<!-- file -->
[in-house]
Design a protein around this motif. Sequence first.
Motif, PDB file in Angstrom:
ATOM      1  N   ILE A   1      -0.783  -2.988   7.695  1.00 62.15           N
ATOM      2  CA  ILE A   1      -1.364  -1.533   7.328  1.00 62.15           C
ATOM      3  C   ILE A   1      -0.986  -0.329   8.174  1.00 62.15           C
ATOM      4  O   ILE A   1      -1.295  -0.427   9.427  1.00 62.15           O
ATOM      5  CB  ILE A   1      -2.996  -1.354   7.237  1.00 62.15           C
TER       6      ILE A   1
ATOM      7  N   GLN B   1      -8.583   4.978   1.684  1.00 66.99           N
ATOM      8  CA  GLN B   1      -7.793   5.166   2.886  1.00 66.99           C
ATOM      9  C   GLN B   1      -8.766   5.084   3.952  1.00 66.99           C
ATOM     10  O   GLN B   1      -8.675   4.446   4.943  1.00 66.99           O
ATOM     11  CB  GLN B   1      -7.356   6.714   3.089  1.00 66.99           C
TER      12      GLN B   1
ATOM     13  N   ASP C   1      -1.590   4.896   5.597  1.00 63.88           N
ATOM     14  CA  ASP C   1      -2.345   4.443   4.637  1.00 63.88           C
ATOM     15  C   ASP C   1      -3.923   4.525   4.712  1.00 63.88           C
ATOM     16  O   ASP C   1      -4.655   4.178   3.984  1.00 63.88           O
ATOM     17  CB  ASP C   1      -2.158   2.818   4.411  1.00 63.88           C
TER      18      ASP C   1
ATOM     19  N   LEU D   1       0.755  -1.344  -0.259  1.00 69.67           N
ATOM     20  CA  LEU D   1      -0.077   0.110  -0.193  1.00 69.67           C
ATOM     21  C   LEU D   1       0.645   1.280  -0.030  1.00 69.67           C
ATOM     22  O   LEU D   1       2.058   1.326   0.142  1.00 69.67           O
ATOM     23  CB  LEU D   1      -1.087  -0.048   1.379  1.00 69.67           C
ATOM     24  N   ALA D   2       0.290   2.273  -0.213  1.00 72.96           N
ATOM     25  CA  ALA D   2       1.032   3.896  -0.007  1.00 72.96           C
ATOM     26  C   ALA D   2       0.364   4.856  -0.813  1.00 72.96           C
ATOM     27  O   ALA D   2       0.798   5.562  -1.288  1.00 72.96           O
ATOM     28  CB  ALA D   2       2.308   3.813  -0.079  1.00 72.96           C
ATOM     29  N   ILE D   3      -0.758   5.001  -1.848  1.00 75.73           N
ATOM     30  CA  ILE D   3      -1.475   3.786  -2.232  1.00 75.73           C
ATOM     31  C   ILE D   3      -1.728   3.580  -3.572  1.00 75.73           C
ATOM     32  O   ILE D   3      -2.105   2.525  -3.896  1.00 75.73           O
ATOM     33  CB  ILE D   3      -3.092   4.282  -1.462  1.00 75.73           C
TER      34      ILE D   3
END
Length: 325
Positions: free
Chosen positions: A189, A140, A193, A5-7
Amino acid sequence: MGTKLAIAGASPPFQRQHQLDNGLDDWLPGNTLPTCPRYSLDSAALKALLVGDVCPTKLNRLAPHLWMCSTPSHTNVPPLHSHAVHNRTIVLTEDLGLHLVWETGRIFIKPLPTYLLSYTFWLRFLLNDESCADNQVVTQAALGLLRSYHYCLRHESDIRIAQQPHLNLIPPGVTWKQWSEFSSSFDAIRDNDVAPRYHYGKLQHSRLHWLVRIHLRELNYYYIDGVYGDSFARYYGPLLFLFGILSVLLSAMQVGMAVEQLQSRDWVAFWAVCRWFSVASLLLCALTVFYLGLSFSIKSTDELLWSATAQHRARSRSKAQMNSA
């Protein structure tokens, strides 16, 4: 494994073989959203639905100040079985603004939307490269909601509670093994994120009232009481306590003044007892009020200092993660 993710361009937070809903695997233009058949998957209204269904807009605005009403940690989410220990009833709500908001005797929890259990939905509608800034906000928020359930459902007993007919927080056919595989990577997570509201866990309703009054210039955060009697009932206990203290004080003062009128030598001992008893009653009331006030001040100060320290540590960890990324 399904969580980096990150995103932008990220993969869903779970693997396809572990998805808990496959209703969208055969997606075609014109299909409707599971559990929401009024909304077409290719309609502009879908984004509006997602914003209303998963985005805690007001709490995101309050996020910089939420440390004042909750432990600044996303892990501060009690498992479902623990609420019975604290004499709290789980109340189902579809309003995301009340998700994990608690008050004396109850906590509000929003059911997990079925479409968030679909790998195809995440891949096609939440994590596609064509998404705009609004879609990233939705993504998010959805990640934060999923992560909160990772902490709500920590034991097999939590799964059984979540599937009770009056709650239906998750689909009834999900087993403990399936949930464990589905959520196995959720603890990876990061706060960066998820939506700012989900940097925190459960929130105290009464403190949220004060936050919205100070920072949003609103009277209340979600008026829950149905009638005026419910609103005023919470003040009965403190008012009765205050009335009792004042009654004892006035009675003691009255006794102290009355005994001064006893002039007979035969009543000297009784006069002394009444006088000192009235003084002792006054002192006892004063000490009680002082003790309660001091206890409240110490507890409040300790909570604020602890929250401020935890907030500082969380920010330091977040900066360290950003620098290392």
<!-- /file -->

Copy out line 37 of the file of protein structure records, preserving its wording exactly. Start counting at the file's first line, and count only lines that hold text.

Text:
TER      34      ILE D   3